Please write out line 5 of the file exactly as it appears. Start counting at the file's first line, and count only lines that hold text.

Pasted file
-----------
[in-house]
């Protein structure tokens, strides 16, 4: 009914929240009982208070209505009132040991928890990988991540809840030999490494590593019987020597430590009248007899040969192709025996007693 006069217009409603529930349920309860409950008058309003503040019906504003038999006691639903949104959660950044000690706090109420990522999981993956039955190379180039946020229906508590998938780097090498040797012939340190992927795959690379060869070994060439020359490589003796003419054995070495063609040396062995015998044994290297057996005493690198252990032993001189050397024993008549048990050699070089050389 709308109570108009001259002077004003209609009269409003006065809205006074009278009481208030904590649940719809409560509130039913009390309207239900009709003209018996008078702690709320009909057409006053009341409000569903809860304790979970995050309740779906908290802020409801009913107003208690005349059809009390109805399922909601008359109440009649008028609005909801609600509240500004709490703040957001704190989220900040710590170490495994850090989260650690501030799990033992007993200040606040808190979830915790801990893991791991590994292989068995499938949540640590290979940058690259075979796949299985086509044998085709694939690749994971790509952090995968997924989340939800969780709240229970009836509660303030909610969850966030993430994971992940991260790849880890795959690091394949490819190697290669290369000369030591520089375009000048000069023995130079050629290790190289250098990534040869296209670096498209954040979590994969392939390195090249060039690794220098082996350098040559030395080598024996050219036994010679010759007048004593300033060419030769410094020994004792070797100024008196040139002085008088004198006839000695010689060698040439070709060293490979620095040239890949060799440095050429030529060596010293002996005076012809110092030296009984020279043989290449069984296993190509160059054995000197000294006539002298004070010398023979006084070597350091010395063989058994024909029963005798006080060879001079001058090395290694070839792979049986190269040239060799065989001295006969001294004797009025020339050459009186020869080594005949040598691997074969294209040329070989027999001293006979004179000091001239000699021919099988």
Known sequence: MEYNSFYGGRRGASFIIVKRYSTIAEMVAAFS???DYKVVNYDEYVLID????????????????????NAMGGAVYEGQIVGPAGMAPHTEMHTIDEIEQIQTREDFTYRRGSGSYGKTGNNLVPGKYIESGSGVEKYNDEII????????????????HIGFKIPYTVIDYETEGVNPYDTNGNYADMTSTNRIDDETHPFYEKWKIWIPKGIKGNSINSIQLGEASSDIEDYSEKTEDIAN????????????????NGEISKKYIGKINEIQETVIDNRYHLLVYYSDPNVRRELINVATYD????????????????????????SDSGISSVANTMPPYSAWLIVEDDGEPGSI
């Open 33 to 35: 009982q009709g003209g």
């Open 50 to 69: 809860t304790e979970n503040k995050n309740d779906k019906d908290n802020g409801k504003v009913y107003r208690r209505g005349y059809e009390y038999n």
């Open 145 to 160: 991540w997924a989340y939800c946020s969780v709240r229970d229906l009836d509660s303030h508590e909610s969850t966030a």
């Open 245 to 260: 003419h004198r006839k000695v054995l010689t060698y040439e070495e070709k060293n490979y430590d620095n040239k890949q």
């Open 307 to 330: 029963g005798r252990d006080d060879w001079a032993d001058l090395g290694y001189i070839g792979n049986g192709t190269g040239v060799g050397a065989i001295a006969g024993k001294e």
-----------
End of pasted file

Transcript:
């Open 50 to 69: 809860t304790e979970n503040k995050n309740d779906k019906d908290n802020g409801k504003v009913y107003r208690r209505g005349y059809e009390y038999n």